I ask Selim about the time of Israel's occupation of Sinai. He says his mother took him and his brothers and sisters to hide in the mountains, but then he surprises me by saying it was an awakening for the Bedouins. They had cars and TV's for the first time when the Israelis came. Now the Israelis are gone, and business is bad. He also explains how the Bedouins are not Egyptians, but of Saudi descent. Before the establishment of the state of Israel, their camel caravans regularly traded with the Saudis via Aqaba. I tell him I'd wanted to walk, or at least hitchhike through Sinai, but the Egyptian military at the Sinai border would have prevented me from doing this.
"F***ing Egyptians," he says. But I know he has many Egyptian friends.
Barbara has brought a paper, hot air 'wish balloon' for Eline's birthday, and she opens it while Wilhelm lights the wick under it. After a few minutes, it inflates, and rises tentatively into the black, starry sky like a cosmic fire ship.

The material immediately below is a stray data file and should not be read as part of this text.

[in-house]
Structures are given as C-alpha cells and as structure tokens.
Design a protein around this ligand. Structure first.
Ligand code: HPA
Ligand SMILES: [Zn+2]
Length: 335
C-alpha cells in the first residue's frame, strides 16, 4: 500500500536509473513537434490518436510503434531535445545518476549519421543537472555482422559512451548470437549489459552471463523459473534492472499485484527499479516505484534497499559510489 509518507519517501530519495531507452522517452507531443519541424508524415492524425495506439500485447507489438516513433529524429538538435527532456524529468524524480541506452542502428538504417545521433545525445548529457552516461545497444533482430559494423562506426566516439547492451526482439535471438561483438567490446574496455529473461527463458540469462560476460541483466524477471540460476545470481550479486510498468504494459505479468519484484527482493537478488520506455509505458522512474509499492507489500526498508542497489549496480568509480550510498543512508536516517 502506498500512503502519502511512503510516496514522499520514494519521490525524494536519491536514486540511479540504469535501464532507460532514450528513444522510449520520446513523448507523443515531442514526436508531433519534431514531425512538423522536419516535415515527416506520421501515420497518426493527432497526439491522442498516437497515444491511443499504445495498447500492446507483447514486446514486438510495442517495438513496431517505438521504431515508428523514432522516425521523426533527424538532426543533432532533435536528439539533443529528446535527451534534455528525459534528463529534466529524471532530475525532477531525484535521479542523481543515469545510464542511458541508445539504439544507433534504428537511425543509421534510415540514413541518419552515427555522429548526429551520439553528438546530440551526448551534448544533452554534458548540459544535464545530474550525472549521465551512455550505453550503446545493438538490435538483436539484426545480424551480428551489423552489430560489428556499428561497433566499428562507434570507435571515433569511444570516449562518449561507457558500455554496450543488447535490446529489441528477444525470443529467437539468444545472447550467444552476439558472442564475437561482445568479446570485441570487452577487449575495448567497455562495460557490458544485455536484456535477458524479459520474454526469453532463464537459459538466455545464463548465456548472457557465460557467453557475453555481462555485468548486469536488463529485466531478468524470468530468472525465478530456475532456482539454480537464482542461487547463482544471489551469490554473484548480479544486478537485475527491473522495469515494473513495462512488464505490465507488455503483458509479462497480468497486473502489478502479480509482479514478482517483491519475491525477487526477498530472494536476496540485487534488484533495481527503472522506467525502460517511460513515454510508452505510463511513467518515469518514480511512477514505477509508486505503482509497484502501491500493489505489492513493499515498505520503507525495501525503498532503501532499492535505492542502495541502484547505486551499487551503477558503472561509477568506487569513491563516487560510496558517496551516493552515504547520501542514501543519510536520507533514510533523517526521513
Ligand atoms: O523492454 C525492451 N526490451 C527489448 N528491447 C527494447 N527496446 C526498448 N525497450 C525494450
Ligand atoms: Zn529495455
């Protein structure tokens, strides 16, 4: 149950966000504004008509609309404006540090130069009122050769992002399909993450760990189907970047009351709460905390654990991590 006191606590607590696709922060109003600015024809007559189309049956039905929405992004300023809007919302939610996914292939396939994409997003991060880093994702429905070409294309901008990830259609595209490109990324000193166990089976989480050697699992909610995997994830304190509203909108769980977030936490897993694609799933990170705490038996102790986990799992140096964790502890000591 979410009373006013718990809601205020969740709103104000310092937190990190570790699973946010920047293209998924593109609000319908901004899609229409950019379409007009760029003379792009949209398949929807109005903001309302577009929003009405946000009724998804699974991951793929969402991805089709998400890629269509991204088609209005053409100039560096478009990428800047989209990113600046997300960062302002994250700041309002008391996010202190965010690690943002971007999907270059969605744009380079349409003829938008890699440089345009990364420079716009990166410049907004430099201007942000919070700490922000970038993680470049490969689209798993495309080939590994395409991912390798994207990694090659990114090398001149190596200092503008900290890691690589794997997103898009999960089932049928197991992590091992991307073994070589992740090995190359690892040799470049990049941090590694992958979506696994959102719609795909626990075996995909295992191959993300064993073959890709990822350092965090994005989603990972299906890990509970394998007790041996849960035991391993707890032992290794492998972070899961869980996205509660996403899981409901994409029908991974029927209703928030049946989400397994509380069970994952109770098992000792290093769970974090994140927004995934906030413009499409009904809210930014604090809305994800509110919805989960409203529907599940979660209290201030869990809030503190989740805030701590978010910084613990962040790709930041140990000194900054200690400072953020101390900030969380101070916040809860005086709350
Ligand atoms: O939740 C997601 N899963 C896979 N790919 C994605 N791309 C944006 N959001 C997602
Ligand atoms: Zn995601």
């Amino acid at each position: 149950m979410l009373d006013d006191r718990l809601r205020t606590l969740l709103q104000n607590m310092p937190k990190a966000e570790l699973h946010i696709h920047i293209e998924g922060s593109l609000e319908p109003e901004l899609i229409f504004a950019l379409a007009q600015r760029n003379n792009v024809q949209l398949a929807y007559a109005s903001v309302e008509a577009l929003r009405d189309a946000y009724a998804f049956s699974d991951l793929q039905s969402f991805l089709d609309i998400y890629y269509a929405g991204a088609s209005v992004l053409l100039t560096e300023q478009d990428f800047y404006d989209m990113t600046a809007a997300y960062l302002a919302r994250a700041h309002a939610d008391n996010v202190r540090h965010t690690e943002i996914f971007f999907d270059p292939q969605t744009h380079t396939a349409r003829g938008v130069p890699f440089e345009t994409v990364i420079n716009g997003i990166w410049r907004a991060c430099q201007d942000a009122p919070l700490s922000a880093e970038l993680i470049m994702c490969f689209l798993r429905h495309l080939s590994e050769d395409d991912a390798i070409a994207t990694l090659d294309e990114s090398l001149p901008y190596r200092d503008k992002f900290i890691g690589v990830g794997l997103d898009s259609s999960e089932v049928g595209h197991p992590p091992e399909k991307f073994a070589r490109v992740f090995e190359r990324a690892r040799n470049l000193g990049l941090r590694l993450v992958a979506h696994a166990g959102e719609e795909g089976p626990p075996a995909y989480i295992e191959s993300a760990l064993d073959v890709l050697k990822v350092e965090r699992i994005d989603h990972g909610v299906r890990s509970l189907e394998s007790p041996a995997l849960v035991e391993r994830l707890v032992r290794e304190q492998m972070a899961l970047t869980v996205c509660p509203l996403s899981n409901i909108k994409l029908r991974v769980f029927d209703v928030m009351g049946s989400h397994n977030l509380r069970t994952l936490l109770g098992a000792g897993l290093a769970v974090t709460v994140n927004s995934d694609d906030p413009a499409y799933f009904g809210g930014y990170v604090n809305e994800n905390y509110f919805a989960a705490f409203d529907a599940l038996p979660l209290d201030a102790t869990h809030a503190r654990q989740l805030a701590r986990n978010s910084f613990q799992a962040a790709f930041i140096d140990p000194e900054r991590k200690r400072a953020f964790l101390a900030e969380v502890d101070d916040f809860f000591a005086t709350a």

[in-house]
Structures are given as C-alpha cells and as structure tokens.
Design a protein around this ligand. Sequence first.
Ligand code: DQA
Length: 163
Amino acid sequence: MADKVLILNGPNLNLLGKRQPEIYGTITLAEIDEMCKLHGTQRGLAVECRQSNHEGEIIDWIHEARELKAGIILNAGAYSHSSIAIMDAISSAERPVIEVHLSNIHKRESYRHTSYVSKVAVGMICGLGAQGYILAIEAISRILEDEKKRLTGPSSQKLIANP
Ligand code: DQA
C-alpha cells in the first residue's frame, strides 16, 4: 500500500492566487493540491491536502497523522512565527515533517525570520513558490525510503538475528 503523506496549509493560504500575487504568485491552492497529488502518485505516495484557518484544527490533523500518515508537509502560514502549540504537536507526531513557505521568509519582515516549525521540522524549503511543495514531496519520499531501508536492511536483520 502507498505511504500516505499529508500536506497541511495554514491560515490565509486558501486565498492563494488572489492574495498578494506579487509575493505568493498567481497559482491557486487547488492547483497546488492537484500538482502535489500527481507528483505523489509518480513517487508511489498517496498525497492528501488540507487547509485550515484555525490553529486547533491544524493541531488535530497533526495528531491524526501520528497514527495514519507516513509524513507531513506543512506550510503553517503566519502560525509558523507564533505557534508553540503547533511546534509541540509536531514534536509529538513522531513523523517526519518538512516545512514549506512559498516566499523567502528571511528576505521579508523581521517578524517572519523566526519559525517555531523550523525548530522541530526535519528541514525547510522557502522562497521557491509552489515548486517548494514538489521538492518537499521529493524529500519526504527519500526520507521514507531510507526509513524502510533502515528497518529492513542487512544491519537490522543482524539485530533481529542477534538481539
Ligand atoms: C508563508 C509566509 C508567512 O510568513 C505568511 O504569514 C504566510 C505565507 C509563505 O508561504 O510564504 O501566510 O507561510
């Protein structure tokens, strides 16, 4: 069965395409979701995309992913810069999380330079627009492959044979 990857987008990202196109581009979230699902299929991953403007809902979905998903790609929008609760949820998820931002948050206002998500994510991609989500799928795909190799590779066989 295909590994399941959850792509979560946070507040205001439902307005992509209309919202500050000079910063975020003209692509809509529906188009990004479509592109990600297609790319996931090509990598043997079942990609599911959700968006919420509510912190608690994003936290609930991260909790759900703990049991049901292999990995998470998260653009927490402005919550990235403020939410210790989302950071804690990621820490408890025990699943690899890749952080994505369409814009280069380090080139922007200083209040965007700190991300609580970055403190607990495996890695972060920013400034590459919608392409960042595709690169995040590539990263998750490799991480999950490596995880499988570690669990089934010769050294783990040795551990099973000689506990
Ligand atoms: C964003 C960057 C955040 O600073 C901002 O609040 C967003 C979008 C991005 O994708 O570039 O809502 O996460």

"Happy birthday," we say to Eline, quietly. We watch, making our wishes as the illuminated balloon wavers, then rises higher. On reaching the height of the surrounding mountain's summits, the wind catches it and it sails away for a bit before descending behind another mountain.
"So beautiful," Wilhelm says.
When Selim and I begin talking again in low voices so as not to disturb the desert, Wilhelm says it's time to leave, but that I can stay with the Bedouins if I like. He's joking, but I know I'll be back out here for a night or two in my tent. I reveal my thoughts to Selim.
"You don't need tent," he says. "Bedouins sleep outside in summer. Just look for snakes and scorpions."
It's very dark, so I can only imagine our Dutch friends straining to see the ground at this reminder.
Afterwards we silently pack everything into the truck, and Selim drives it at a swaying crawl through the dark ravine. On the way the headlights catch a small owl perched on a rock. It rotates its head to have a look before flying away into the darkness. Then we're back on the sand covered road to the hotel, where we say our goodbyes, and where Eline and Wilhelm return to their refuge before flying back to Holland. But having had this wonderful experience in the desert, and having made their wishes, when they come back next year I am sure they will see Sinai, and not just the hotel.